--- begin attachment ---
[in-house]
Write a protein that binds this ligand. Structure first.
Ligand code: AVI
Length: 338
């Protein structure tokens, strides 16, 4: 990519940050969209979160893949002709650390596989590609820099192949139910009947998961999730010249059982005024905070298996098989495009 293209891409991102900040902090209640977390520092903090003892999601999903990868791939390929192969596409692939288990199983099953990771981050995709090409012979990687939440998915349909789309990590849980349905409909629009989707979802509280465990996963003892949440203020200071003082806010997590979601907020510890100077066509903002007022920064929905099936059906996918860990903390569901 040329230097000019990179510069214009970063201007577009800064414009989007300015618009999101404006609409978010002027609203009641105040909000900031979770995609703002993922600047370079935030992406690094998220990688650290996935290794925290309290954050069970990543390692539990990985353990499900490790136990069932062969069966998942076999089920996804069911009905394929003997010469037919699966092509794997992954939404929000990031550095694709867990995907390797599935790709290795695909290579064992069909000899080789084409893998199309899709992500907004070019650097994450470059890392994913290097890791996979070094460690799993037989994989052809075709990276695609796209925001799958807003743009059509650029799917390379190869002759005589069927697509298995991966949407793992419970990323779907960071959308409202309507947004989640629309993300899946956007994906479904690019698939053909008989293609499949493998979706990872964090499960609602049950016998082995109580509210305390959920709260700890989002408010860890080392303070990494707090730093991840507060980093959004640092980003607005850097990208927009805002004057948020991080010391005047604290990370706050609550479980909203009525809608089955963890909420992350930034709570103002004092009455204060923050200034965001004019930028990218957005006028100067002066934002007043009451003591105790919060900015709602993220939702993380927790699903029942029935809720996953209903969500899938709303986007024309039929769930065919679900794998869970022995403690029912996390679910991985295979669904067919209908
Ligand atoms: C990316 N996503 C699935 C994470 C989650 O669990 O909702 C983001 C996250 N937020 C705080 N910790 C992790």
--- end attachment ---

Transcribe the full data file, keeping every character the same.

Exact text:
[in-house]
Write a protein that binds this ligand. Structure first.
Ligand code: AVI
Length: 338
């Protein structure tokens, strides 16, 4: 990519940050969209979160893949002709650390596989590609820099192949139910009947998961999730010249059982005024905070298996098989495009 293209891409991102900040902090209640977390520092903090003892999601999903990868791939390929192969596409692939288990199983099953990771981050995709090409012979990687939440998915349909789309990590849980349905409909629009989707979802509280465990996963003892949440203020200071003082806010997590979601907020510890100077066509903002007022920064929905099936059906996918860990903390569901 040329230097000019990179510069214009970063201007577009800064414009989007300015618009999101404006609409978010002027609203009641105040909000900031979770995609703002993922600047370079935030992406690094998220990688650290996935290794925290309290954050069970990543390692539990990985353990499900490790136990069932062969069966998942076999089920996804069911009905394929003997010469037919699966092509794997992954939404929000990031550095694709867990995907390797599935790709290795695909290579064992069909000899080789084409893998199309899709992500907004070019650097994450470059890392994913290097890791996979070094460690799993037989994989052809075709990276695609796209925001799958807003743009059509650029799917390379190869002759005589069927697509298995991966949407793992419970990323779907960071959308409202309507947004989640629309993300899946956007994906479904690019698939053909008989293609499949493998979706990872964090499960609602049950016998082995109580509210305390959920709260700890989002408010860890080392303070990494707090730093991840507060980093959004640092980003607005850097990208927009805002004057948020991080010391005047604290990370706050609550479980909203009525809608089955963890909420992350930034709570103002004092009455204060923050200034965001004019930028990218957005006028100067002066934002007043009451003591105790919060900015709602993220939702993380927790699903029942029935809720996953209903969500899938709303986007024309039929769930065919679900794998869970022995403690029912996390679910991985295979669904067919209908
Ligand atoms: C990316 N996503 C699935 C994470 C989650 O669990 O909702 C983001 C996250 N937020 C705080 N910790 C992790």